Buy in from the workforce is necessary to bring any useful change to an organization. While unions and leadership are often set against each other, the things they can accomplish when they work together far exceed those they can accomplish when moving in different directions. The union can give the MD valuable feedback on wants and barriers to implementation, and the MD can get an idea of how to effectively introduce change to the department with wide support. I’m fortunate to get to work with Selena Xie, who is smart, politically savvy, collaborative, and has an eye for the immediate future and years down the line.
Some causes of headache are benign, but the EMS provider would be wise to consider carefully some “bad actors” that cause headache. Here we will talk too about how to manage these patients in the prehospital setting.
Jessica Sasser, RN, is one of the amazing staff at our public safety wellness division which supports the physical and mental health of Austin/Travis County EMS and Austin Fire Department. In this episode she discusses meditation and how it can be useful to the first responder. Hint: it doesn’t just make you feel better, it makes you better. Please don’t meditate while driving.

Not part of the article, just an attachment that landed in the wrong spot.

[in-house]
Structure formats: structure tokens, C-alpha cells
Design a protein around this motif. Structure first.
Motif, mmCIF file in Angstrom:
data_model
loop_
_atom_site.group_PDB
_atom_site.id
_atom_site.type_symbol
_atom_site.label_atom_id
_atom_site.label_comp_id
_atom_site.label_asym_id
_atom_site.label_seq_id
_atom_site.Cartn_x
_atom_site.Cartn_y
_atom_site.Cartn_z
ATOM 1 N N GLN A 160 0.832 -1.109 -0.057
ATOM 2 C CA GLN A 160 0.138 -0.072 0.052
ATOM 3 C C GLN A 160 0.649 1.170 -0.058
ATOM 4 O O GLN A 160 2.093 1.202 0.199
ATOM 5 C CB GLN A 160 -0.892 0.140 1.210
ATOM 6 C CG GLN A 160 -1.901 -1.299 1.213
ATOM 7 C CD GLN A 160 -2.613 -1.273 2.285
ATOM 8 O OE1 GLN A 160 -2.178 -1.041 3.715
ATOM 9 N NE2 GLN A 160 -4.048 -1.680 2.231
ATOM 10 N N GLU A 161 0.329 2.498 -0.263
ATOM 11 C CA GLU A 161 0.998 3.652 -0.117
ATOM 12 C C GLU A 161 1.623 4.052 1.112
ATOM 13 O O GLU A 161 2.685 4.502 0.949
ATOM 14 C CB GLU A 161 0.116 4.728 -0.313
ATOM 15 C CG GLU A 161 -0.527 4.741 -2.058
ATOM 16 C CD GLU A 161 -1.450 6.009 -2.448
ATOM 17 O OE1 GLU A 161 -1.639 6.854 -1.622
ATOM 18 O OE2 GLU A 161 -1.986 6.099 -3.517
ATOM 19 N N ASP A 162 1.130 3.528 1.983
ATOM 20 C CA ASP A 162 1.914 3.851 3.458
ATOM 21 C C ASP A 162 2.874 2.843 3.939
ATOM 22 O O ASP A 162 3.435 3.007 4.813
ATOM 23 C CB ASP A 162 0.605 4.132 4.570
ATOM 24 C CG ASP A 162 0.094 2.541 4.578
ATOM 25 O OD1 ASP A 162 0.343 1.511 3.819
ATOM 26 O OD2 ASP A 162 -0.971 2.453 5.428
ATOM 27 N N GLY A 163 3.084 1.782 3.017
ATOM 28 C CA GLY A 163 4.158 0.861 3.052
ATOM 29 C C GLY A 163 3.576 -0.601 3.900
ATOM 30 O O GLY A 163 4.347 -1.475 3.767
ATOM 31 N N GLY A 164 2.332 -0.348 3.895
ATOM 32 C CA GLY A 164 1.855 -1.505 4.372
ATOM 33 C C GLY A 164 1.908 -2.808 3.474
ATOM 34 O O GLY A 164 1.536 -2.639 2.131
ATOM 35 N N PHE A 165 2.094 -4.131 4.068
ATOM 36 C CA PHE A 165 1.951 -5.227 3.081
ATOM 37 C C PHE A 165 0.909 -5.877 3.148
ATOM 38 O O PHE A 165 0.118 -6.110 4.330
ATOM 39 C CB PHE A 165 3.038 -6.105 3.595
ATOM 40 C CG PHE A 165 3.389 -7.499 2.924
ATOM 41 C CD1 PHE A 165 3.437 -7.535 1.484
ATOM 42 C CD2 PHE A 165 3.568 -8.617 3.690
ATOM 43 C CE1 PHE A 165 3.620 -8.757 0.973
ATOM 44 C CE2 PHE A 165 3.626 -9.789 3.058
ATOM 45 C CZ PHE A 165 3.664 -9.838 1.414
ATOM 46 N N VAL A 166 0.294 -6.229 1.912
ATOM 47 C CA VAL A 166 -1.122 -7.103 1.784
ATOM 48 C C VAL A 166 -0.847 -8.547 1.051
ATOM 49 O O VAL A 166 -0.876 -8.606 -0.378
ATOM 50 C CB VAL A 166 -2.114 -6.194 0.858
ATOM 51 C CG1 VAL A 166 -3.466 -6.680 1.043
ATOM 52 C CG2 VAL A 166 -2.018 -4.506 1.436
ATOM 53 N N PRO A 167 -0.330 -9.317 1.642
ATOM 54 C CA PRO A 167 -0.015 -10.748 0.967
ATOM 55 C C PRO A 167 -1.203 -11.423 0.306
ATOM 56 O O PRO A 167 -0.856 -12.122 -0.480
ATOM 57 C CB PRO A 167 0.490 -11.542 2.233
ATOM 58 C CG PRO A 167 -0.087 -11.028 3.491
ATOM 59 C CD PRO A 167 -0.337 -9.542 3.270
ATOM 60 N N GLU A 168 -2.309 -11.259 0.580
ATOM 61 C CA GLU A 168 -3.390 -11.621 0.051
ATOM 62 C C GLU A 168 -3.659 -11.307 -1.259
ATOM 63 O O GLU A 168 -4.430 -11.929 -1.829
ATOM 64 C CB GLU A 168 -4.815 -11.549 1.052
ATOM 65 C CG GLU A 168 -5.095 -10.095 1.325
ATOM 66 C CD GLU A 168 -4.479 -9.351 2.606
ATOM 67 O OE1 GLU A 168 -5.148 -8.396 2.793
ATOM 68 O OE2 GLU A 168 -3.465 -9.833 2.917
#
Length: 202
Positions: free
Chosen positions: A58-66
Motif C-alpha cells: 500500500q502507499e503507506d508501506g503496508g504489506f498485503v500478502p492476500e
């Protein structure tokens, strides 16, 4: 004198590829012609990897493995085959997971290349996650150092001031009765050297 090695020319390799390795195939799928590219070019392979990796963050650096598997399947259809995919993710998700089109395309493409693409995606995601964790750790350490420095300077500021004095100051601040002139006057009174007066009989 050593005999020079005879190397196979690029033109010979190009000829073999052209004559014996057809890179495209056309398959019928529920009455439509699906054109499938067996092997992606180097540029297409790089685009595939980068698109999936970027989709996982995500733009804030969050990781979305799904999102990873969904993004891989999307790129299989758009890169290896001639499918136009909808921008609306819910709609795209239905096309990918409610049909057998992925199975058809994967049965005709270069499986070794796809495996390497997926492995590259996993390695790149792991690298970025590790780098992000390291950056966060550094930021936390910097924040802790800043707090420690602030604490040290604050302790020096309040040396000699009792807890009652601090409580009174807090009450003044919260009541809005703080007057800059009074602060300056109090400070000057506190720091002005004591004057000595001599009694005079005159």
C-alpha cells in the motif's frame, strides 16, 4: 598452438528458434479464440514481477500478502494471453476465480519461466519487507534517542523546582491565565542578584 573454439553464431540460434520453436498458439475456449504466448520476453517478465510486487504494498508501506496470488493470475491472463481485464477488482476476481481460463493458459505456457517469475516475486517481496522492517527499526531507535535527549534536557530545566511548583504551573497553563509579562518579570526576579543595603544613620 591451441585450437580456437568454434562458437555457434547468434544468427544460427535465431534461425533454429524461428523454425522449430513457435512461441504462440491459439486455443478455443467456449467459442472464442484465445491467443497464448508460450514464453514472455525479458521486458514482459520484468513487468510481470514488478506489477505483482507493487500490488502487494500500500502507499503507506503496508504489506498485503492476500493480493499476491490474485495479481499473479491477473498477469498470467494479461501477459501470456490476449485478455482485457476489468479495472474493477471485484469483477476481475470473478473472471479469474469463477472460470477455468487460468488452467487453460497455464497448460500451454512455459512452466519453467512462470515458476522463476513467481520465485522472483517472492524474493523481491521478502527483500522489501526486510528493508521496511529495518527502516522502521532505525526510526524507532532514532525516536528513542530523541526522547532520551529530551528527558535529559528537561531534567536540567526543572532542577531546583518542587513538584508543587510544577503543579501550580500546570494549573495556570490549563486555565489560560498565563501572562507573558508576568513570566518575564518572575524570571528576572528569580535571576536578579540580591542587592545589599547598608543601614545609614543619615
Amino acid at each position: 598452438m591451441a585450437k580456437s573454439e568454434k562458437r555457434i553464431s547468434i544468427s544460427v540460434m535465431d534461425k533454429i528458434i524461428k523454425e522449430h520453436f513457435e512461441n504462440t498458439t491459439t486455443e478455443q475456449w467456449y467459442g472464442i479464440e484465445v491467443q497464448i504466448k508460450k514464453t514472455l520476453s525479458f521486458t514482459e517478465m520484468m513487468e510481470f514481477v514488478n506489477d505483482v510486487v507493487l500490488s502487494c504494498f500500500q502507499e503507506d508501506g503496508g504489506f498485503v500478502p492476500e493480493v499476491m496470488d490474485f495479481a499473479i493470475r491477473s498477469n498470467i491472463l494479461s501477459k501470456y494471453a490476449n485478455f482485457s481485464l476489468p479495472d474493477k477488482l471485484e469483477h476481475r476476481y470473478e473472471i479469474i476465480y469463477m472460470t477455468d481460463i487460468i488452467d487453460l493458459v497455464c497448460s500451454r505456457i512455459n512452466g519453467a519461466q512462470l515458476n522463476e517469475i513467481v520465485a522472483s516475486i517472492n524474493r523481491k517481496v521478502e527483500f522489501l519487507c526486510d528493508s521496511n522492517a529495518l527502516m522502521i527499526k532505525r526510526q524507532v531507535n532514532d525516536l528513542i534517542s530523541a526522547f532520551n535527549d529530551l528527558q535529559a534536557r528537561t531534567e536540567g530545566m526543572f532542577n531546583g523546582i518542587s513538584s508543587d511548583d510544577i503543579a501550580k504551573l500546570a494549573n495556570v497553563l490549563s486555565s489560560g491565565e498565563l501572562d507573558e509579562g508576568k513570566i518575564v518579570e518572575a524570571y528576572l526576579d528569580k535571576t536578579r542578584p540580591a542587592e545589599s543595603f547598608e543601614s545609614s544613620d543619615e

Resources for ATCEMS and AFD employees can be found at: atxpublicsafetywellness.com
Insight Timer can be downloaded from the Apple app store.
If you are not using #EtCO2 during airway management and monitoring, then you are wrong. Fix yourself. Dr. Pickett tells you why. #EMS #Prehospital #Paramedic #maybeifIsqueezethisbagashardandfastasIcanthepatientwillgetbetter #morewavylines #butIjustlearnedEKGs #Isawthetubegothroughthecords #sodideveryonewhoevermisplacedanETtube
Do you get nervous when you are faced with a patient with a tracheostomy tube? This short episode covers common problems and how to troubleshoot them. Be nervous no more. #paramedic #EMS #prehospital #criticalcare
In this episode, I make reference to a couple of great YouTube videos on the subject. One is from RT Clinic on the ins and outs of tracheostomy devices. The other is from The Crashing Patient Series from the University of Maryland and goes into greater depth on care of the crashing tracheostomy patient.
We undertook the unenviable task of revising our clinical operating guidelines to make them more usable, more manageable, and easier to read. We want to foster a clinician mindset and embrace the clinical flexibility medics need to take care of our patients in a very fluid environment. We also created new credentialing levels for medics to expand their current horizons.
Heat illness ranges from the benign and temporary to the life-threatening. We dive into management of heat cramps, heat syncope, heat exhaustion, and heat stroke. Rule #1: Stay on scene to cool them down.
For patients with #stroke outside of 4.5 hr #tPA window, they may benefit from thrombectomy up to 24 hours since last seen well. Take to comprehensive stroke center and perform MRI safety screen. #EMS #paramedic
This is a short episode on the response to and care for bombing victims for #EMS, #Firedepartement and #Police. A longer episode will follow that covers #prehospital care in detail, but this is the initial response and considerations. #packagebombmurders #austinbombings @ATCEMS @Austin_police @austinfiredepartment @TxDPS @TravisCoSheriff @CommitteeTECC @CommitteeonTCCC @NTOATEMS Find us on @iTunes and @GooglePlay and @feedburner